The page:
Purpose: Robust preclinical models of pediatric acute lymphoblastic leukemia (ALL) are essential in prioritizing promising therapies for clinical assessment in high-risk patients. Patient-derived xenograft (PDX) models of ALL provide a clinically relevant platform for assessing novel drugs, with efficacy generally assessed by enumerating circulating human lymphoblasts in mouse peripheral blood (PB) as an indicator of disease burden. While allowing indirect measurement of disease burden in real time, this technique cannot assess treatment effects on internal reservoirs of disease. We explore benefits of bioluminescence imaging (BLI) to evaluate drug responses in ALL PDXs, compared with PB monitoring. BLI-based thresholds of drug response are also explored. Experimental Design: ALL PDXs were lentivirally transduced to stably express luciferase and green fluorescent protein. In vivo PDX responses to an induction-type regimen of vincristine, dexamethasone, and L-asparaginase were assessed by BLI and PB. Residual disease at day 28 after treatment initiation was assessed by flow cytometric analysis of major organs. BLI and PB were subsequently used to evaluate efficacy of the Bcl-2 inhibitor venetoclax. Results: BLI considerably accelerated and enhanced detection of leukemia burden compared with PB and identified sites of residual disease during treatment in a quantitative manner, highlighting limitations in current PB-based scoring criteria. Using BLI alongside enumeration of human lymphoblasts in PB and bone marrow, we were able to redefine response criteria analogous to the clinical setting. Conclusions: BLI substantially improves the stringency of preclinical drug testing in pediatric ALL PDXs, which will likely be important in prioritizing effective agents for clinical assessment.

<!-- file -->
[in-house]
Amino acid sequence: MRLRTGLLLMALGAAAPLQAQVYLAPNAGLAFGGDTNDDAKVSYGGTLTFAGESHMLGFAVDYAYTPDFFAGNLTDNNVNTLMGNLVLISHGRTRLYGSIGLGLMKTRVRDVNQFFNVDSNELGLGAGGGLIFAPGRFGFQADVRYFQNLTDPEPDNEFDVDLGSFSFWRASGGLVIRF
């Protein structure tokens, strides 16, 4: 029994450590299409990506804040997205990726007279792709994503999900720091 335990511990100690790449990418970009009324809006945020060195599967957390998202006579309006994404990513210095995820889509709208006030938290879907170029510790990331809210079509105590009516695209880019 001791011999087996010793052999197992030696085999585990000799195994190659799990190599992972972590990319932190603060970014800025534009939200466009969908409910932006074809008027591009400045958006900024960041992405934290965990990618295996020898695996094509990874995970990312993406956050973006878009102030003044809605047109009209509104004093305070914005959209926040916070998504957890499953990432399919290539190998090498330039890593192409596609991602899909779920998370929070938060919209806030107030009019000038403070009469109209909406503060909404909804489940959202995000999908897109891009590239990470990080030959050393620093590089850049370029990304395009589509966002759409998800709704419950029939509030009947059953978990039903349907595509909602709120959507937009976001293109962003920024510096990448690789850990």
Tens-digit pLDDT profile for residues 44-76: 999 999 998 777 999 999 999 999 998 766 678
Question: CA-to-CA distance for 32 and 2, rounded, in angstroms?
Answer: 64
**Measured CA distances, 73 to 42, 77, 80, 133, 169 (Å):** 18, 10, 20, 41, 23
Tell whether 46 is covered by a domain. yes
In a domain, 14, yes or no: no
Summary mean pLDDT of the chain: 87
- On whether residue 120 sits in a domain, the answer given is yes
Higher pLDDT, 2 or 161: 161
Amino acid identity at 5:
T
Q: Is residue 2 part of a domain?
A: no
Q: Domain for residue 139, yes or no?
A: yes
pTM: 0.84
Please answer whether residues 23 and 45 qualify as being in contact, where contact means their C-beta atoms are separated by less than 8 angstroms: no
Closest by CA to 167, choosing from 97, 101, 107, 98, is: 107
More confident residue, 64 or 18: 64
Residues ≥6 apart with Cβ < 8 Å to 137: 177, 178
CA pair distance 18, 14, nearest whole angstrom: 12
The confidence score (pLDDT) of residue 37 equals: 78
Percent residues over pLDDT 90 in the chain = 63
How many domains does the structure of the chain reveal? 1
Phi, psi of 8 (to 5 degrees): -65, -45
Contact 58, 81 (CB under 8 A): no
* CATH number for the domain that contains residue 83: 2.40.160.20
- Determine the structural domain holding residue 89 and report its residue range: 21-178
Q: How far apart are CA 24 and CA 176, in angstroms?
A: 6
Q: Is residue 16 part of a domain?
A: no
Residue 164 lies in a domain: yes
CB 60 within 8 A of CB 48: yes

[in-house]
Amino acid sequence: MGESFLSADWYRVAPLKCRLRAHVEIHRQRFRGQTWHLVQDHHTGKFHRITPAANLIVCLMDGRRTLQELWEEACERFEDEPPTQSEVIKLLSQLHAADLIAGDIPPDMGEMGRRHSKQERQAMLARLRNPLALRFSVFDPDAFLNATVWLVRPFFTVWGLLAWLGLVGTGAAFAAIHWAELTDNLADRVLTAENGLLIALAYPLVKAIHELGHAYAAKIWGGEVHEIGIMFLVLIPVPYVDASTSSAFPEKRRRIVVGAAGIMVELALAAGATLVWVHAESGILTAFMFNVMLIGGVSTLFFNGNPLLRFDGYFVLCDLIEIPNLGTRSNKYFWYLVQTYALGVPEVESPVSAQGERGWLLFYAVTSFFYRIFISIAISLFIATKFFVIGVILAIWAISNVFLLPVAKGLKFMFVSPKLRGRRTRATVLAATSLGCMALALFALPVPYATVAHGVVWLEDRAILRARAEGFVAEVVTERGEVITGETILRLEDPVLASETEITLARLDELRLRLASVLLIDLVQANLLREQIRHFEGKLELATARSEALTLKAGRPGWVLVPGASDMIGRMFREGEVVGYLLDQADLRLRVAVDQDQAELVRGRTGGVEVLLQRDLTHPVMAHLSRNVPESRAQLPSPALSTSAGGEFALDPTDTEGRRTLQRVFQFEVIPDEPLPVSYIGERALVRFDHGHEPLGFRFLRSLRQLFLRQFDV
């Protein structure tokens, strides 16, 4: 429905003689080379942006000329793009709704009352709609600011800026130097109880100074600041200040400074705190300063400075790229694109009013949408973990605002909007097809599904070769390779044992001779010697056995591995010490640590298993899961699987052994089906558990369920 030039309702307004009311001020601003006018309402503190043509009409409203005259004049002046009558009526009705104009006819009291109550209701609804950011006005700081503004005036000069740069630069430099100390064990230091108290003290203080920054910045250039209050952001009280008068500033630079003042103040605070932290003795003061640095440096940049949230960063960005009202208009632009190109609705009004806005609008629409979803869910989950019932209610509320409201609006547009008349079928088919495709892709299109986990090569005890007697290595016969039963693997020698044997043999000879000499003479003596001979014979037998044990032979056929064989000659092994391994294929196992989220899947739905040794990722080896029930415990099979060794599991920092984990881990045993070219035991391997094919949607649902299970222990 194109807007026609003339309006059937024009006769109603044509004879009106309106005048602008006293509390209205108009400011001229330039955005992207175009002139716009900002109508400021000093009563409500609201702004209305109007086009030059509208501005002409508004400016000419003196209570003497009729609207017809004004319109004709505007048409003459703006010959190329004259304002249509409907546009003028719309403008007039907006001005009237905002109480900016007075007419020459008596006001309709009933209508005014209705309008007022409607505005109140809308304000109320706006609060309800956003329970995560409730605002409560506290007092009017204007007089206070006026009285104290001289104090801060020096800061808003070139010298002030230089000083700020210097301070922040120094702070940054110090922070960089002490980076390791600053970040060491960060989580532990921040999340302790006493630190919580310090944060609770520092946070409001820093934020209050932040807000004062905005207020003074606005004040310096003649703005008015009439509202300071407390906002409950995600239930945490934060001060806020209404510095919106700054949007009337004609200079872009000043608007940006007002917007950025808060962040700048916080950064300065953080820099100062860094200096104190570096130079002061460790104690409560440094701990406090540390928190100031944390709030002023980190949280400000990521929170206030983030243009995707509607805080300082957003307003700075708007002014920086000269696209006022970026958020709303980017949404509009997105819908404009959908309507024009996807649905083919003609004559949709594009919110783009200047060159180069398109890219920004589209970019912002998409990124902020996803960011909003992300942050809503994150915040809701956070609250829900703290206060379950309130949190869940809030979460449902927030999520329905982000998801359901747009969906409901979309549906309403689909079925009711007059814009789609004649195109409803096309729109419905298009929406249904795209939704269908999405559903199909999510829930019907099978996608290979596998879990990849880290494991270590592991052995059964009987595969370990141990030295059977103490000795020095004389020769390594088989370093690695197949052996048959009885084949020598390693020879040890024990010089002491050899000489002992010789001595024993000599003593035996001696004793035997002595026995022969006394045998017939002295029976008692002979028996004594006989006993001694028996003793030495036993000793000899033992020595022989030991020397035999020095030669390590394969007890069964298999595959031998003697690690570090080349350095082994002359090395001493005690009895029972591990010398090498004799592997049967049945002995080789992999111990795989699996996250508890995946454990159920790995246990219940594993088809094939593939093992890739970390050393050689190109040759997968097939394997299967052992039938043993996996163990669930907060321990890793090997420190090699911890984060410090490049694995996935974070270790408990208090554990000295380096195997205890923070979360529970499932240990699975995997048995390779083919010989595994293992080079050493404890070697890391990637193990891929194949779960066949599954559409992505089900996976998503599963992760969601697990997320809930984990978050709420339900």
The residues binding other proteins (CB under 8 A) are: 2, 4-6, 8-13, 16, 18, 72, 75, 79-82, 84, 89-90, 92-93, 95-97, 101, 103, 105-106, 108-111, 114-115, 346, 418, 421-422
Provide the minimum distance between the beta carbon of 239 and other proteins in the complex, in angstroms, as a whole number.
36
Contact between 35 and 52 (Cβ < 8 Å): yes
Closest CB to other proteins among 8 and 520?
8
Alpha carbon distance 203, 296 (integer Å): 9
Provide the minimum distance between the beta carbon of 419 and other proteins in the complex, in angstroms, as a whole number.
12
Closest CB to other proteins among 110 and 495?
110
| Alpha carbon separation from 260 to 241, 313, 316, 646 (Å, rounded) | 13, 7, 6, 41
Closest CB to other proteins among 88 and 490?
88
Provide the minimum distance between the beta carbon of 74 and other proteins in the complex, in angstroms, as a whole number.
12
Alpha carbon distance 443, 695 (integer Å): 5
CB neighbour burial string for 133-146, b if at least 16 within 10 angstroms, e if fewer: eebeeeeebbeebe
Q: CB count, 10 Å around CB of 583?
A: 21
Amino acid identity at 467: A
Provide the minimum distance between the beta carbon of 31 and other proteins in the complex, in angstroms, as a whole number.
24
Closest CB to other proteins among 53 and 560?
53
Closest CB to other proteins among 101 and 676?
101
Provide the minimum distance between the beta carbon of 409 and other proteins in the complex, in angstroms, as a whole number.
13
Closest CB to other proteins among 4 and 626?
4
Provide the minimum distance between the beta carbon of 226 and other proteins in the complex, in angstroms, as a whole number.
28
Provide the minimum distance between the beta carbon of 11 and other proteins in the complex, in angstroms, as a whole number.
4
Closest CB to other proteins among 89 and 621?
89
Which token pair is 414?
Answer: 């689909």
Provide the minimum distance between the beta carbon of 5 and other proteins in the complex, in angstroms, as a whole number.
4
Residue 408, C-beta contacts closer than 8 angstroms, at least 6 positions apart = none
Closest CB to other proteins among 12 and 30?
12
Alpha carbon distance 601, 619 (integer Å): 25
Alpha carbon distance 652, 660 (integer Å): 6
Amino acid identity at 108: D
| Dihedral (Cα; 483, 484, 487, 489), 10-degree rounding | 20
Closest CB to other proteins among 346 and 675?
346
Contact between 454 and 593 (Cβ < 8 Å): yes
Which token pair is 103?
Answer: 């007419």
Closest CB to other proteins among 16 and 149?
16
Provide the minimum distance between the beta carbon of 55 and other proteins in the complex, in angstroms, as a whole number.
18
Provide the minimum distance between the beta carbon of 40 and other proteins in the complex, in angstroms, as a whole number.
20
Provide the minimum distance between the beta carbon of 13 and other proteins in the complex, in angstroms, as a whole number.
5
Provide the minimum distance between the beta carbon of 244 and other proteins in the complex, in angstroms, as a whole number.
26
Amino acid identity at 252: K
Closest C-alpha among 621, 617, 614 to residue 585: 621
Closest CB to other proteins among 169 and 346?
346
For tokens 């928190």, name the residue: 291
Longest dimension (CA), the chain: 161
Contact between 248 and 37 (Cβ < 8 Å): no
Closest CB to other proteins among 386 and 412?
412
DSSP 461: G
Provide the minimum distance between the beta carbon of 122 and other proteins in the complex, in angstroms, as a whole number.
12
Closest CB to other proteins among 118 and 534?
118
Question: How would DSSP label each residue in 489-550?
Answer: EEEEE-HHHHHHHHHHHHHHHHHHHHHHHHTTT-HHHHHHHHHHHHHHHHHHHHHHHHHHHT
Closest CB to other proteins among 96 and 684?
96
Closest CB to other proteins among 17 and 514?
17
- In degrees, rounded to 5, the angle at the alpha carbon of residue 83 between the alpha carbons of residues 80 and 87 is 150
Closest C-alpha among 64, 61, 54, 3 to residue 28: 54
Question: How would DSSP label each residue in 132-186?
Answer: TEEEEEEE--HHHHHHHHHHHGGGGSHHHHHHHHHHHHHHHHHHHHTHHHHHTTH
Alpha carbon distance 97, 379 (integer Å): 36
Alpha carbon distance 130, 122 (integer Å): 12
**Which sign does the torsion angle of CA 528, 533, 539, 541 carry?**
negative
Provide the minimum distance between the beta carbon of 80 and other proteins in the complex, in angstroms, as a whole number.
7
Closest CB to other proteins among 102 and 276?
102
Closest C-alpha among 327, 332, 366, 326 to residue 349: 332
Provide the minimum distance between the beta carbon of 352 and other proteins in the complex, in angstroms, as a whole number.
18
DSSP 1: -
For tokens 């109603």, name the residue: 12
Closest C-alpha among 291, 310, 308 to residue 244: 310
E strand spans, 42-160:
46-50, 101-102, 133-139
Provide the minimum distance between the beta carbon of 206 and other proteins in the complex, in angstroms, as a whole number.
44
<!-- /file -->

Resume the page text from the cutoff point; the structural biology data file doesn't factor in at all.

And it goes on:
ASJC Scopus subject areas
- Cancer Research